You may know a lot about Benjamin Franklin -- for example, that he invented bifocals, graces the $100 bill, and was born on January 17 -- but you've likely never heard of the Ben Franklin Effect. It's a concept from social psychology which, when properly applied, can strengthen your sales performance, career progression, and even your job search.
The Ben Franklin Effect is named after an anecdote Franklin recounted from his early political days. In 1737, while running for reappointment as Clerk in Philadelphia's General Assembly, a wealthy and influential new member passionately argued (unsuccessfully) for a different candidate. Franklin wanted this new member's advocacy for himself, so, upon learning that the new member possessed a rare book collection, Franklin asked to borrow one of his most valuable books. The new member obliged, and Franklin read and returned the book a week later with a note acknowledging the favor, but nothing else.
Upon seeing each other at the next meeting, the new member initiated a conversation with Franklin for the first time and offered his assistance on any future occasion. He honored this promise until his death, prompting Franklin to acknowledge the truth of an old maxim he had heard: "He that has once done you a kindness will be more ready to do you another, than he whom you yourself have obliged." In social psychology, this concept is now called the Ben Franklin Effect.
In sales, the Ben Franklin Effect can be used to build rapport with a desired client. When the traditional approach of offering service or assistance isn't successful, consider changing gears. Ask your contacts for assistance instead. For example, ask them to share with you what product benefits they find most compelling, where they think the market is headed, or what products may be of interest several years from now. This pure favor, left unrepaid, can build likability that will enhance your ability to earn that client's time and investment in the future.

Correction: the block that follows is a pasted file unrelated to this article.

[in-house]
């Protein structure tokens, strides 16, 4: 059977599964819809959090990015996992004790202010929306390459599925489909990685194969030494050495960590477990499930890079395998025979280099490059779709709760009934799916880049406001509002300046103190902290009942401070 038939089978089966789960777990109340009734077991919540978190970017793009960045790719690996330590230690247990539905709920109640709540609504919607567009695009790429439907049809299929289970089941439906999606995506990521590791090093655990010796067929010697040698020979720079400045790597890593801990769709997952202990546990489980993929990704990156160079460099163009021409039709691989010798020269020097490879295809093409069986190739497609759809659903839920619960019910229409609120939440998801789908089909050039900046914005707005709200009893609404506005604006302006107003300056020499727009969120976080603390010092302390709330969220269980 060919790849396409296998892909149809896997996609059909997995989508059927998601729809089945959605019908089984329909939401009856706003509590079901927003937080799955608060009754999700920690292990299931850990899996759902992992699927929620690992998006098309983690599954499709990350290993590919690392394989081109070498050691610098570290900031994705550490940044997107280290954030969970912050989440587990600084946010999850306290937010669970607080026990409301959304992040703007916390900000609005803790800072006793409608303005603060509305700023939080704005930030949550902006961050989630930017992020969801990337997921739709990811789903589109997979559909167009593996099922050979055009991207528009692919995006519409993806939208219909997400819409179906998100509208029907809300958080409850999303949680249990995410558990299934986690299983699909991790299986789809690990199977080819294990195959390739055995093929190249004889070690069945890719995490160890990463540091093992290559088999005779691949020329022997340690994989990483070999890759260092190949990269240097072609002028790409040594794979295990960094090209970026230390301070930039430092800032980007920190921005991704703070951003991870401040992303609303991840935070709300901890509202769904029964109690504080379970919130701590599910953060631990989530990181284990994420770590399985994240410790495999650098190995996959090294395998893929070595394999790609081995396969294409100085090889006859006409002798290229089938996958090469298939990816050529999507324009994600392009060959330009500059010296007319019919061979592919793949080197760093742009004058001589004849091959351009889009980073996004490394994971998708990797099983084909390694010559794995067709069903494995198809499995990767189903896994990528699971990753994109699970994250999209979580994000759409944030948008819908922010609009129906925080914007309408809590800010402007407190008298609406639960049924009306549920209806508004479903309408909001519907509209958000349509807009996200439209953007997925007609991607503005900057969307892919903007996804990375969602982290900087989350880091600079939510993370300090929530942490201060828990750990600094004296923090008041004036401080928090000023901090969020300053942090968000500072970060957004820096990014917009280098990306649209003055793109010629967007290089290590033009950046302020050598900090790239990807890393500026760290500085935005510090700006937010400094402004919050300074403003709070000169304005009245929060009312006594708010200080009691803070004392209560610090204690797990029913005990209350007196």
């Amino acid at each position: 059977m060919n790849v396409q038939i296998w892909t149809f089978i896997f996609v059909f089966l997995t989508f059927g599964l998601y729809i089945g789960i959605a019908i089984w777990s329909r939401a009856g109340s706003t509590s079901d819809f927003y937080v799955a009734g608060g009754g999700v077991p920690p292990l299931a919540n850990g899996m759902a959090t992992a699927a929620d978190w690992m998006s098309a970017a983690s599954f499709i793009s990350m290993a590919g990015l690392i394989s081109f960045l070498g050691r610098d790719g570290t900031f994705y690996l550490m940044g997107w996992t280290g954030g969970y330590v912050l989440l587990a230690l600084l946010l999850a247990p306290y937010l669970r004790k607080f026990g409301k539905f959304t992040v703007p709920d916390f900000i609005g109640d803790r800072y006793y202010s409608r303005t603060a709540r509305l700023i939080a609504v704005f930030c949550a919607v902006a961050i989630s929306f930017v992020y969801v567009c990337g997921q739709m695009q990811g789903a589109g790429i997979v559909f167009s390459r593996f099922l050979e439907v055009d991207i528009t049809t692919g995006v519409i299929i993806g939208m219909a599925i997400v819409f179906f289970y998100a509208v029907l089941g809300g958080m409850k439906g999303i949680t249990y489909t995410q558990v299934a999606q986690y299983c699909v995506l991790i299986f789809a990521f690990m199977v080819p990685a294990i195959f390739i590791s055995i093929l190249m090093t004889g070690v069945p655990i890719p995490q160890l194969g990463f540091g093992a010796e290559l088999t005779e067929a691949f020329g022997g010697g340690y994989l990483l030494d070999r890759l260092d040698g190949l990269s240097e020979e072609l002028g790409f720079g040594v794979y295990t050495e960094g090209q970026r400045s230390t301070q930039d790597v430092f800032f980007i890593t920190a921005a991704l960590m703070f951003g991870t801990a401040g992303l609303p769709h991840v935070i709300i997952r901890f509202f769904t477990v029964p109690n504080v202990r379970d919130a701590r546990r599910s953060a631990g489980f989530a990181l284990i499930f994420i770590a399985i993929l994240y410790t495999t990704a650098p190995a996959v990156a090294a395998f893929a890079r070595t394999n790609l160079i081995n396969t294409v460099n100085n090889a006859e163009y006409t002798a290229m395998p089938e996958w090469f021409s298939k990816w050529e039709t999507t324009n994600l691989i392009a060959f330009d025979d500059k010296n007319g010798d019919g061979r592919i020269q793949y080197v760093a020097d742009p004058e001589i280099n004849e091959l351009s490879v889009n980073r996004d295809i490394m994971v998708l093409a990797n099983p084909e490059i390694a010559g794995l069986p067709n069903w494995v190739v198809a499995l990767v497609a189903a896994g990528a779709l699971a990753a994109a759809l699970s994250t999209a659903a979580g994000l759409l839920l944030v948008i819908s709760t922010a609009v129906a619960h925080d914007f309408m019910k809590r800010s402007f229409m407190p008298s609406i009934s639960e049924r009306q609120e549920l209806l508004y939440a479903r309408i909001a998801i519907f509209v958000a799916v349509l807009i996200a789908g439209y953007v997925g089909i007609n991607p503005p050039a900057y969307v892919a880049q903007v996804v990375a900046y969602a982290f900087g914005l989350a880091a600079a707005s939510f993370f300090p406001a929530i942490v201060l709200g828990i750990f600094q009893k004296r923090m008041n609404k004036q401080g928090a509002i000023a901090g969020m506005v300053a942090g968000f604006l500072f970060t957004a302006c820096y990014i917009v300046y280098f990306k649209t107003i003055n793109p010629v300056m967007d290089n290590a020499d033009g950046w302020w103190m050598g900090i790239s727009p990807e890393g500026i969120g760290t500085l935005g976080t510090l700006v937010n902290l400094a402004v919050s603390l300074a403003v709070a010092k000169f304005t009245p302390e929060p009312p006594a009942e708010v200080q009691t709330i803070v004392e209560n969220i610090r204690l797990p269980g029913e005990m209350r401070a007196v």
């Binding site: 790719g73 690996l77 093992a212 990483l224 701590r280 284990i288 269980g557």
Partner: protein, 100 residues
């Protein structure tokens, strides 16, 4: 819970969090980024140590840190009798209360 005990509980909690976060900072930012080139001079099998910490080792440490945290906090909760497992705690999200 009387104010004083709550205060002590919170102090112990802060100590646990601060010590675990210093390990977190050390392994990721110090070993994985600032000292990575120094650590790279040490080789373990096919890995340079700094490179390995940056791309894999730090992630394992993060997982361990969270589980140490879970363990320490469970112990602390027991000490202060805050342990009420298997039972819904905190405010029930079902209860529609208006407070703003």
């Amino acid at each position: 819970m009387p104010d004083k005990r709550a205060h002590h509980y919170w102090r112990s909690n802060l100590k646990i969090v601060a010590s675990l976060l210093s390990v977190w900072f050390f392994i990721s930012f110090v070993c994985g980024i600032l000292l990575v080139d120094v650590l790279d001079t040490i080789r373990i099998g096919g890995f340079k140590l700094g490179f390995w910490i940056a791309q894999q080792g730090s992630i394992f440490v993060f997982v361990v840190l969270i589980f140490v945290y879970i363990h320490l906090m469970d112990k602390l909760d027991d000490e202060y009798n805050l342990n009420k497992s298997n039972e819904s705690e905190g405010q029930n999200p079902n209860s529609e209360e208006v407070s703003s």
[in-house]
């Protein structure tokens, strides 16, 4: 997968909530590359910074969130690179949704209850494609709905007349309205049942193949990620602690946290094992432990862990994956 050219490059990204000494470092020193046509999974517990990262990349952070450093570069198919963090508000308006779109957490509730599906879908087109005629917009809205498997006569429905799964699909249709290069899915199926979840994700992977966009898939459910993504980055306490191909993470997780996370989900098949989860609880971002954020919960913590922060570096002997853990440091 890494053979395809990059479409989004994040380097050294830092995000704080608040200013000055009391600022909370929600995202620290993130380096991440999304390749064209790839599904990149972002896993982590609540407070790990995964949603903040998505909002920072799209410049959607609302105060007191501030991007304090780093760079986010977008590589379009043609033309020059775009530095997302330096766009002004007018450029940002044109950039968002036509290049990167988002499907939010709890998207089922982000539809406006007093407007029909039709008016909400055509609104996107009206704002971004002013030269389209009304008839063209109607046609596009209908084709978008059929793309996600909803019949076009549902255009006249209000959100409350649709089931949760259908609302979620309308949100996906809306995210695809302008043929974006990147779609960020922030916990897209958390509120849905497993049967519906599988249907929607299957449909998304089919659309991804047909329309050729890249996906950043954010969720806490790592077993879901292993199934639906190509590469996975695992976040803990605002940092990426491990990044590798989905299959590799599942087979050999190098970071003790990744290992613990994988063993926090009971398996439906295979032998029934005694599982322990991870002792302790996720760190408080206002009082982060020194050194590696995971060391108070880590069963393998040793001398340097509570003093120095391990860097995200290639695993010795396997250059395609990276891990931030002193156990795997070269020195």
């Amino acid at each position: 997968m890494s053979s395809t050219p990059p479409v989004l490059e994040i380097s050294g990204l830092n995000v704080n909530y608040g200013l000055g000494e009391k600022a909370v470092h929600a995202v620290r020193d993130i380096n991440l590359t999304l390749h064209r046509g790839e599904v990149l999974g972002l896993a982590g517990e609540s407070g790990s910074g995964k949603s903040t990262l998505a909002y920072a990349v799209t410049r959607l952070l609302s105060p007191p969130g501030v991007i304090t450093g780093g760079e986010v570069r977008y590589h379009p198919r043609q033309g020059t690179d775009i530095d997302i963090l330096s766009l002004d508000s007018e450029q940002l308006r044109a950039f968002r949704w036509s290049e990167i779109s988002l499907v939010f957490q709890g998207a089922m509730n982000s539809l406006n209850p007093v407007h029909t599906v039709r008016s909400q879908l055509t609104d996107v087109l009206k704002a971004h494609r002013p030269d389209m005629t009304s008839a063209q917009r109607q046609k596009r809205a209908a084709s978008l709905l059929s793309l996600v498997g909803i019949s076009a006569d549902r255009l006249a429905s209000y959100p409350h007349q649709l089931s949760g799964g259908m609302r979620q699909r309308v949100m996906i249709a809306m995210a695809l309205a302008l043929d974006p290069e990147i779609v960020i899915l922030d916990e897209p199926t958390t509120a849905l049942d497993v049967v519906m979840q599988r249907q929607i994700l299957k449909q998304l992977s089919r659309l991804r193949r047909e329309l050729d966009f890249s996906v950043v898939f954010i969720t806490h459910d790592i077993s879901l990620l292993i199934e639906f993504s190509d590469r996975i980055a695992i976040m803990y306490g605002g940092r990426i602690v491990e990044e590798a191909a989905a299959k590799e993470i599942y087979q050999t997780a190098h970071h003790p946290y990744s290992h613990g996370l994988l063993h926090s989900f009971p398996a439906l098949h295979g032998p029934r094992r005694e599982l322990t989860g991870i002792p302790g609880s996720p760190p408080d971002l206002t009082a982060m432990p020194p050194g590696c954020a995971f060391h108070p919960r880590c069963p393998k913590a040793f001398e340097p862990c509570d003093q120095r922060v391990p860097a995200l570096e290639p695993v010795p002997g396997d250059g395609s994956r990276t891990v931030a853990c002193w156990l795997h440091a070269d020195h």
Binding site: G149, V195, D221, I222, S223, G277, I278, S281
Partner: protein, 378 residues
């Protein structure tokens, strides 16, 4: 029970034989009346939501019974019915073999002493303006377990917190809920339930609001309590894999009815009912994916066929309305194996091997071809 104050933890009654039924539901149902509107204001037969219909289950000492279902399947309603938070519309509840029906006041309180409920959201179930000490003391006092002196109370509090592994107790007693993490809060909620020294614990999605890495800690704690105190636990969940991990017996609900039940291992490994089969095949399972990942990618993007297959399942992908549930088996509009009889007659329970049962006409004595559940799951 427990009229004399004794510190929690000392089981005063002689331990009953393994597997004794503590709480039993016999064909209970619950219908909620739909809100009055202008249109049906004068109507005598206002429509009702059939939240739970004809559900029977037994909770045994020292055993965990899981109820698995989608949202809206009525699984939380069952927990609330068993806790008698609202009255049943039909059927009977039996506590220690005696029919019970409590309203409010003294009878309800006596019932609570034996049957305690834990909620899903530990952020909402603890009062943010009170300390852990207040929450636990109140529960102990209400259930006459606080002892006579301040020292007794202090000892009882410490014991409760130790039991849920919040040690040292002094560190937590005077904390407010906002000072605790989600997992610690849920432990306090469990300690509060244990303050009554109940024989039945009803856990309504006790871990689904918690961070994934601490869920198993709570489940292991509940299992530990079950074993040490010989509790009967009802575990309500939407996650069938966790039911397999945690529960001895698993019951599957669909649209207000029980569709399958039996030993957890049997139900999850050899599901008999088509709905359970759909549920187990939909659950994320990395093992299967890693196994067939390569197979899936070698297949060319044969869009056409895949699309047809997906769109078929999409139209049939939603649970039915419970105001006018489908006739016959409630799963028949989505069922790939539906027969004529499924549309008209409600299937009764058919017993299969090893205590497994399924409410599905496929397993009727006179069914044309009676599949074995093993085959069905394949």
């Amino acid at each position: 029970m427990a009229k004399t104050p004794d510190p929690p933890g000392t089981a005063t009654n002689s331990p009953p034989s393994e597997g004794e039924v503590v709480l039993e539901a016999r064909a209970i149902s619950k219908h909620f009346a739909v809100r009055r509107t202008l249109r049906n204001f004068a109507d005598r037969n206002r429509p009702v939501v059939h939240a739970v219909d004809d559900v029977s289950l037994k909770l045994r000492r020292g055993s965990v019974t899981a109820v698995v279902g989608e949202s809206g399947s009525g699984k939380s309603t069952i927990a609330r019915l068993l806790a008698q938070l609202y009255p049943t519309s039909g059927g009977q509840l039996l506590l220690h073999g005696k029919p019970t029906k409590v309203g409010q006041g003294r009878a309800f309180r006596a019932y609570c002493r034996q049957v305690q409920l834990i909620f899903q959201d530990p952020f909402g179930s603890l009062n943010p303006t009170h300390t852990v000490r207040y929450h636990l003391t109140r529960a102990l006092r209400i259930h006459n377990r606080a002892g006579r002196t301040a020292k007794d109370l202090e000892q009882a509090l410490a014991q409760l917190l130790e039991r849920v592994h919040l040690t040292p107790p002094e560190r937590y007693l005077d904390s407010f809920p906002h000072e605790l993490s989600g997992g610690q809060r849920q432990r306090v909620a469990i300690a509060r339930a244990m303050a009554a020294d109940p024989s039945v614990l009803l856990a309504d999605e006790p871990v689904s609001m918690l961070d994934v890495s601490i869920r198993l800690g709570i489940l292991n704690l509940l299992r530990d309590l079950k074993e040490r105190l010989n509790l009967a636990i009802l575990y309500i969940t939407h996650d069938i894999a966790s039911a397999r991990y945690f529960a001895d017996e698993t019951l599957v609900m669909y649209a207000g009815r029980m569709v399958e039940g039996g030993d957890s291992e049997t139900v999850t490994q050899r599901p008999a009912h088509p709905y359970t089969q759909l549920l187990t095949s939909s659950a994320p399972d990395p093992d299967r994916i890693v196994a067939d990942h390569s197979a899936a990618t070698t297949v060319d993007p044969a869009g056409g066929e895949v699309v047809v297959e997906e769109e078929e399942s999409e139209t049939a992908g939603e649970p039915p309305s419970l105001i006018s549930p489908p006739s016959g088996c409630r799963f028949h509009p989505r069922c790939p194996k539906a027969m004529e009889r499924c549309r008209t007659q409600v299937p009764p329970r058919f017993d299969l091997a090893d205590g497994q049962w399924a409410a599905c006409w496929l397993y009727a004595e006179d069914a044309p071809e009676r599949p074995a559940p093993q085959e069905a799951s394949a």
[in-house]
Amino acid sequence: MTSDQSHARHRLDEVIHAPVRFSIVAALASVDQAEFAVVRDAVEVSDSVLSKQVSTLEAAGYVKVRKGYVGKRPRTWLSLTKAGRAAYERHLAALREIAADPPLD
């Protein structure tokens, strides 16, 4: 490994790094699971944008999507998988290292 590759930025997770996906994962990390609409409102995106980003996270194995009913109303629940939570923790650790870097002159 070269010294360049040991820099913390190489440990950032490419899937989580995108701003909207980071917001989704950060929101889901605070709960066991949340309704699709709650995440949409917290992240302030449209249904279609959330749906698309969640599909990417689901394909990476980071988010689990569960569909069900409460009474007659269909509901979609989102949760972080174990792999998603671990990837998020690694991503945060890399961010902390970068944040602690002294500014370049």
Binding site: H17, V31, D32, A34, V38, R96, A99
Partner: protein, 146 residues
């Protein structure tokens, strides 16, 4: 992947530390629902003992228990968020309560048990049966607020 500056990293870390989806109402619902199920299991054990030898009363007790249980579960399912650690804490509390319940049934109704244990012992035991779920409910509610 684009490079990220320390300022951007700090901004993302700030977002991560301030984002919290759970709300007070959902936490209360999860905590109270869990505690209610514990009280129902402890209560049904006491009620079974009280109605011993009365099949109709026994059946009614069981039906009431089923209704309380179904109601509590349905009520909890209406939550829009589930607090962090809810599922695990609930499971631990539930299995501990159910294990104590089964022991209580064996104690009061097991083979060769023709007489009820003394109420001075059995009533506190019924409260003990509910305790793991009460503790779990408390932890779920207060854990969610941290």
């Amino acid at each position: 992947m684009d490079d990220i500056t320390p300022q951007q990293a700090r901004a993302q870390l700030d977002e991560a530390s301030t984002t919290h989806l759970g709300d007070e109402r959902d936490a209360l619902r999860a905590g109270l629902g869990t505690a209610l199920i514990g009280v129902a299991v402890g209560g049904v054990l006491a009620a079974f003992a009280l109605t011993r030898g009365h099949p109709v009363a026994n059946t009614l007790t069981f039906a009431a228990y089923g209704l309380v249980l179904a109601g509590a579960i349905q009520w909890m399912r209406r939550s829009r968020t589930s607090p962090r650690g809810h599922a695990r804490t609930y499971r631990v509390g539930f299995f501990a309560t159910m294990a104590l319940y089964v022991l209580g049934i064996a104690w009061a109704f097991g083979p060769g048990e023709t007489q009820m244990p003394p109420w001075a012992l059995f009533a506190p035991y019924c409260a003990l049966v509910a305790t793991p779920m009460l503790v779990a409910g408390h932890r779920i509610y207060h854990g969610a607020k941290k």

In our careers, successful professionals tend to take on mentors for guidance. Small tokens of gratitude are welcome, particularly around the holidays, but avoid the temptation of tit-for-tat compensation. Mentorships are defined by their fundamental imbalance of knowledge and influence. Attempting to proactively reciprocate favors with a mentor can backfire, as the role reversal and unsolicited assistance may put your mentor in an unexpected, awkward situation. (Note that this awkwardness is absent when a mentor requests assistance directly, as the role reversal in that case has been invited).
In the job search, conventional wisdom has long been to repay favors. For example, if someone agrees to speak to you for an informational interview, you might send them a gift in thanks or email them articles they'd find relevant for their work; however, this turns the encounter into a transaction. Few things are as valuable as job search assistance in a difficult economy, but sending a token gift to a helpful contact may, for example, give them the impression that you consider that gift similar in value to their assistance. Similarly, a grand gesture could be perceived as attempted bribery. If a contact is interested in advocating on your behalf, a token gift or e-mailed article is unlikely to increase the intensity of their advocacy. Relying on social norms is both easier and more effective.
Companies are accustomed to taking on debt in order to reap greater returns. This same approach can yield similar outcomes when applied to the social aspects of our professional lives as well. As Ben Franklin confirmed hundreds of years ago, sometimes the best payback is no payback at all.
Steve Dalton is a senior career consultant at Duke University's Fuqua School of Business and author of 'The 2-Hour Job Search.'
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